Last week, I wrote about mobile technology and what’s probably one of the last demographics you’d associate with it: office workers and professionals of all status levels. Indeed, teens and young adults are no longer alone in shaping Internet and technology trends.
Nowhere is this more evident than on the Web, where consumers of an age you’d typically associate with offline media are rapidly making their mark. This fact became apparent to me Christmas morning, when my parents-in-law presented every member of the family with a Logitech video WebCam.
“We’ve been using ours to talk to each other during cocktail hour,” beamed my mother-in-law, who’d gone to southwestern Florida for the holidays early while my father-in-law finished up work in New York State. Every evening, they’d each take a seat at their respective computers and talk about the day’s events over a glass of white wine. “Now we can all iChat together and see each other wherever we are,” she told us. “Later, I’ll show you all how to set it up.”
Her pitch complete, the “kids” — all of us in our late 20s and early 30s — stared at each other in disbelief. The mood in the room was one of pride mingled with private inadequacy. As they boast the latest in computer technology, including iPods, navigation systems, and Apple’s PowerMac G5, my 50-something parents-in-law are on top of the trends. I’d blithely assumed, however, they were also the exception to the norm.
According to a new BURST! Media study, this Web-savvy, iTunes-using, smartphone-toting couple isn’t alone. Three of five adults 55 years and older, known to be the heaviest consumers of offline media such as newspapers and TV network news, say they use the Internet more today than they did a year ago. This data is supported by comScore Media Metrix research, which finds the number of online adults aged 55 and older grew by 20 percent to reach over 27 million in 2005.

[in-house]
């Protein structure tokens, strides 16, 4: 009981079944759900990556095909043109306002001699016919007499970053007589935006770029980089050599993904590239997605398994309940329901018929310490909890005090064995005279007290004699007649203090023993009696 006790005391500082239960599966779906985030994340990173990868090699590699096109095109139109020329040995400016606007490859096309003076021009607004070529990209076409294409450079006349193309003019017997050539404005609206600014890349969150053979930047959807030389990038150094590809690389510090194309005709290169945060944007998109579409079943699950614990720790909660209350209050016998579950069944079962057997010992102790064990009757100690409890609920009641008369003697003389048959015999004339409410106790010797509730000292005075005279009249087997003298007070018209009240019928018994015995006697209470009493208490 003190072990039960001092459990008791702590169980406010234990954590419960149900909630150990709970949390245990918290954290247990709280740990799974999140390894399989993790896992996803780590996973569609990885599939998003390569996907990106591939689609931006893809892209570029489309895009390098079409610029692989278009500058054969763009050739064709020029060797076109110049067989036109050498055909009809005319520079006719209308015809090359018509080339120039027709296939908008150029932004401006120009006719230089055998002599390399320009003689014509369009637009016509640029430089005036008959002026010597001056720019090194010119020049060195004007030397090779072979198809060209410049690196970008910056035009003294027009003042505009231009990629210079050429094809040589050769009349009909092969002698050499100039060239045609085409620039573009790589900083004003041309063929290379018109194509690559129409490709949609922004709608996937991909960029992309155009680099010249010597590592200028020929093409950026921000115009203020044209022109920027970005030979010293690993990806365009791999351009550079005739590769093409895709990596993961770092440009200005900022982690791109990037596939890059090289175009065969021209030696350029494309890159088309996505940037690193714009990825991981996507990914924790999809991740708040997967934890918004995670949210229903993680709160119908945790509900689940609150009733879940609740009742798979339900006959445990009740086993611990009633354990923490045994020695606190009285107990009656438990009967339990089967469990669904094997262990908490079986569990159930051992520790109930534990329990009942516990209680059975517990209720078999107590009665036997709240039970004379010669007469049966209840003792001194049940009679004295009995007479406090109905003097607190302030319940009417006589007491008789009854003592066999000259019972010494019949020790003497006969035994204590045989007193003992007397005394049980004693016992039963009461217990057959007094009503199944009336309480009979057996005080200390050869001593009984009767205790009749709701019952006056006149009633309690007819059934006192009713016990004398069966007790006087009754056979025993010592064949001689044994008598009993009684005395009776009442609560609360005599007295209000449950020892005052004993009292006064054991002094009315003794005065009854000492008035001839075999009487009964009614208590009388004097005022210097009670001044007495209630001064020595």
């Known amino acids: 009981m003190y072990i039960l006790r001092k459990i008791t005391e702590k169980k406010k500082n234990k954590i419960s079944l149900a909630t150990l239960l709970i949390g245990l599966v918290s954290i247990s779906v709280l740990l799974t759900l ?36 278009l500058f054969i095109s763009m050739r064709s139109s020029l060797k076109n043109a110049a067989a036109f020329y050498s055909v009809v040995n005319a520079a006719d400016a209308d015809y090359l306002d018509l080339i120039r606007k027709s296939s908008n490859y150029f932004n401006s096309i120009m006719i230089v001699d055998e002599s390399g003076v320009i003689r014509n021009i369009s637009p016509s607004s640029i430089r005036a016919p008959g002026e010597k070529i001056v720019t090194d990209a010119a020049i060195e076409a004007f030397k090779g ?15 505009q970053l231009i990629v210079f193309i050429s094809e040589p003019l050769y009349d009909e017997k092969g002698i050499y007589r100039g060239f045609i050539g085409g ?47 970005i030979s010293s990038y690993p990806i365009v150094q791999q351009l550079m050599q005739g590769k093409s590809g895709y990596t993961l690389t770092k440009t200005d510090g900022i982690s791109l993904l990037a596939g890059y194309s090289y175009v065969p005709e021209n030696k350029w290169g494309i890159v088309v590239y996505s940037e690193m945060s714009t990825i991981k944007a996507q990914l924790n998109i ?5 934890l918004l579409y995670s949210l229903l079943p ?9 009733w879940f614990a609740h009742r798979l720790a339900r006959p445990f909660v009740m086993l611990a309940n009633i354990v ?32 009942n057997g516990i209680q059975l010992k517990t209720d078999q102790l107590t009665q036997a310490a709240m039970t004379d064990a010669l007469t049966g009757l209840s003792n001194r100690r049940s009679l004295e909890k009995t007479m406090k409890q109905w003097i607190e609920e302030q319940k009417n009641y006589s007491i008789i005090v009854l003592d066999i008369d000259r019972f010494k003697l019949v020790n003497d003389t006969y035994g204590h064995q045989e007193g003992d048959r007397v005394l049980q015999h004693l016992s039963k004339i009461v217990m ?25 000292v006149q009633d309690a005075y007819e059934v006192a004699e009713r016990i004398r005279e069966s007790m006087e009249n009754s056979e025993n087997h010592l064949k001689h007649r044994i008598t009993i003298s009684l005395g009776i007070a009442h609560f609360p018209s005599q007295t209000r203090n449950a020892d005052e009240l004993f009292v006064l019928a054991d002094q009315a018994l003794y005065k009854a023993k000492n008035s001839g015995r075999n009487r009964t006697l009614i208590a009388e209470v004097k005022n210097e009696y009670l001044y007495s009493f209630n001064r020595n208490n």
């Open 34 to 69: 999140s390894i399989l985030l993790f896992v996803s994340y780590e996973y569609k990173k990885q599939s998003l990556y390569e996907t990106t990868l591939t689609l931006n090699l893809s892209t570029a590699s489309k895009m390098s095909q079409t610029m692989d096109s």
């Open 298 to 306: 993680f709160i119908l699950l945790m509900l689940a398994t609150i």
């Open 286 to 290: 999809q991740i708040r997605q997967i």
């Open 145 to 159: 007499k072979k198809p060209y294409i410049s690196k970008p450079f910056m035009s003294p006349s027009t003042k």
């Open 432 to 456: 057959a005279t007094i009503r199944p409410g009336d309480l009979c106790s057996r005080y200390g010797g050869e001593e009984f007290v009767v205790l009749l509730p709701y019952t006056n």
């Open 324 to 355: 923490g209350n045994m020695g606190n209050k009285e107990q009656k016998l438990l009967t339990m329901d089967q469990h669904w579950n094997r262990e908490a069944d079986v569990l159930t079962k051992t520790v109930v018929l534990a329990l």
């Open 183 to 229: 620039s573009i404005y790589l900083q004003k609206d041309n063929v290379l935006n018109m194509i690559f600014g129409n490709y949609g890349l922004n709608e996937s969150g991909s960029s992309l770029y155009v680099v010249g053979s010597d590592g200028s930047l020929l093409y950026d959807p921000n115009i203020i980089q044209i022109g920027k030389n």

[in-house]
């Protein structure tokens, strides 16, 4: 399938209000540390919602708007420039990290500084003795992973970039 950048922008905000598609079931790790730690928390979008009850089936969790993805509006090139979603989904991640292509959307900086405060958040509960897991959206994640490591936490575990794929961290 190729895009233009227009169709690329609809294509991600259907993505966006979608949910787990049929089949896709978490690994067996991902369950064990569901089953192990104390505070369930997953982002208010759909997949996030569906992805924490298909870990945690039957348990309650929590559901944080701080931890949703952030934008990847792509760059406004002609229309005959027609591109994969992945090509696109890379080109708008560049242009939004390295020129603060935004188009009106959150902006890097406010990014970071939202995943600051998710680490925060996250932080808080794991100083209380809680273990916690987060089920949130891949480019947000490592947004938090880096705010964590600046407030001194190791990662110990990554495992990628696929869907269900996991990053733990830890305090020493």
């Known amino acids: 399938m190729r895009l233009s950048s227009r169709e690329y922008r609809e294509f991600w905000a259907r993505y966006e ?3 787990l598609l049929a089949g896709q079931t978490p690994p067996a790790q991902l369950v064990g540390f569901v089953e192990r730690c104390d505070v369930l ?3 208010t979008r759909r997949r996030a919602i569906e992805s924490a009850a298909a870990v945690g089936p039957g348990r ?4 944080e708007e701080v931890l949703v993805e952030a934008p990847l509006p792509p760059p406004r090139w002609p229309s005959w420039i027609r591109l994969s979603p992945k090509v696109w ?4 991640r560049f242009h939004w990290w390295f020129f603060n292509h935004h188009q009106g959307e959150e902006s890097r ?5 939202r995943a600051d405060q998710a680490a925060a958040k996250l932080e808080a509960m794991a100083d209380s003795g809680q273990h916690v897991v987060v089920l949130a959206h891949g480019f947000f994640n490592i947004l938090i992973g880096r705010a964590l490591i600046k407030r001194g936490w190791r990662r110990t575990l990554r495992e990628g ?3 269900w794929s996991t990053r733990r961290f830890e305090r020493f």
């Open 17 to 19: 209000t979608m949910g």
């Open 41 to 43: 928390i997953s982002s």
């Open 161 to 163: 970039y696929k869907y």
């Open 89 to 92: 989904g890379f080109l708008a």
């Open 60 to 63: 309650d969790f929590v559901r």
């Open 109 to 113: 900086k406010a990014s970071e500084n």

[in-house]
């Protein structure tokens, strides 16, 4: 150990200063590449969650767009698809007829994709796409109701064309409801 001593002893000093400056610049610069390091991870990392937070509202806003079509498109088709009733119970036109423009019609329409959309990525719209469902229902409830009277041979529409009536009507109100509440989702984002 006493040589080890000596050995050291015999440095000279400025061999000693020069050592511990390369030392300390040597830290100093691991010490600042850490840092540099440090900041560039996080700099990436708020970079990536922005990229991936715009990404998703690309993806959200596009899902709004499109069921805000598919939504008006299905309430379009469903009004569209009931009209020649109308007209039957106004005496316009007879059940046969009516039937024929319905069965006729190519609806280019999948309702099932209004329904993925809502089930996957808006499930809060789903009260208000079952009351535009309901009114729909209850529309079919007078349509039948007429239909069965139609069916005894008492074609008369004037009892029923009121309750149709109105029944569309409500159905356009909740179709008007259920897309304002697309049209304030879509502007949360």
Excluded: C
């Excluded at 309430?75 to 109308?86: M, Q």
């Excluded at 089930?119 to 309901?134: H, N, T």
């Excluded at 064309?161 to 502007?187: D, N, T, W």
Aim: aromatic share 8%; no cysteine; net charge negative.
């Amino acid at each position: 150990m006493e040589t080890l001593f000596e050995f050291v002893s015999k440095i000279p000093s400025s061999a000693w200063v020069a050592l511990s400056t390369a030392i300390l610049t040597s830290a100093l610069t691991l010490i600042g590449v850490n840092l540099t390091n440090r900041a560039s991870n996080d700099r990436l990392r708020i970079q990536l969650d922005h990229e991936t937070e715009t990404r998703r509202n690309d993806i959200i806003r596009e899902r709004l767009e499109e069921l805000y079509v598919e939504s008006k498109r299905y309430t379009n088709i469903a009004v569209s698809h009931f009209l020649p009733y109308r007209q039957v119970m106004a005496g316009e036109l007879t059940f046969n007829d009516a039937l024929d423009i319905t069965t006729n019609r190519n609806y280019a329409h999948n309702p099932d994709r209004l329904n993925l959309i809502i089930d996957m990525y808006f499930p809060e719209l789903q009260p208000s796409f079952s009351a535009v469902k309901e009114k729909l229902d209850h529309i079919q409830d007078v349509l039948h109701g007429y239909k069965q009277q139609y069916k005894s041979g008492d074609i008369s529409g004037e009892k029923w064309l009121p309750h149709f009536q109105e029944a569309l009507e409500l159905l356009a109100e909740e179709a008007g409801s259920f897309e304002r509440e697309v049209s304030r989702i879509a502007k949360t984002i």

According to BURST!, the ability to access content any time of the day is drawing these adults online. This age group also finds more accurate information on the Web than with TV, radio, magazines, and newspapers. Nearly 58 percent of surveyed adults over 55 stated they could find content online they couldn’t find via other media. Over 45 percent also bestowed the Internet with the advantage of offering up-to-date content, particularly when compared with broadcast media.
In addition to gathering information for their personal needs, over 50 percent of this demographic uses the Web to communicate with others, as my mother-in-law so aptly demonstrated. She uses chat programs such as AOL’s AIM and Apple’s iChat daily and emails with a vengeance, along with millions of others her age.
These statistics, however, only begin to answer the question of where to reach older adults online. Adult IM usage is still dominated by Generation Y, according to a 2004 Pew Internet & American Life Project study, making it difficult for marketers to target an older demographic via this medium. News sites and portals are a good bet, but there are also plenty of adult consumers who get all the information they need from the rotating banners on their ISP’s home page.
One solution is to make your presence known on sites that cater specifically to this audience’s interests and needs. The 50PlusNow network helps baby boomers find relevant information on the Web and includes a blog community. It’s expected to launch an ad network to connect advertisers with this demographic in the months to come.
Since many 55-plus consumers are retired, leisure and special interest sites, such as golf portals (particularly in the warmer southern states) and travel properties, can also be an appropriate option. Health portals promise to give you access to older visitors as well; BURST! says 28 percent of women and nearly 25 percent of men aged 55 or older visit these sites weekly.
As this demographic becomes even more tech-savvy, it will befit media buyers to target via IM and music download sites as well. Watch for the latest surveys and studies to determine when the time is right. In the meantime, research shows over 68 percent of consumers aged 50-64 will make their way online by the end of this year. My mother-in-law will be there, waiting to send them a video greeting. Be sure you’re there, too.
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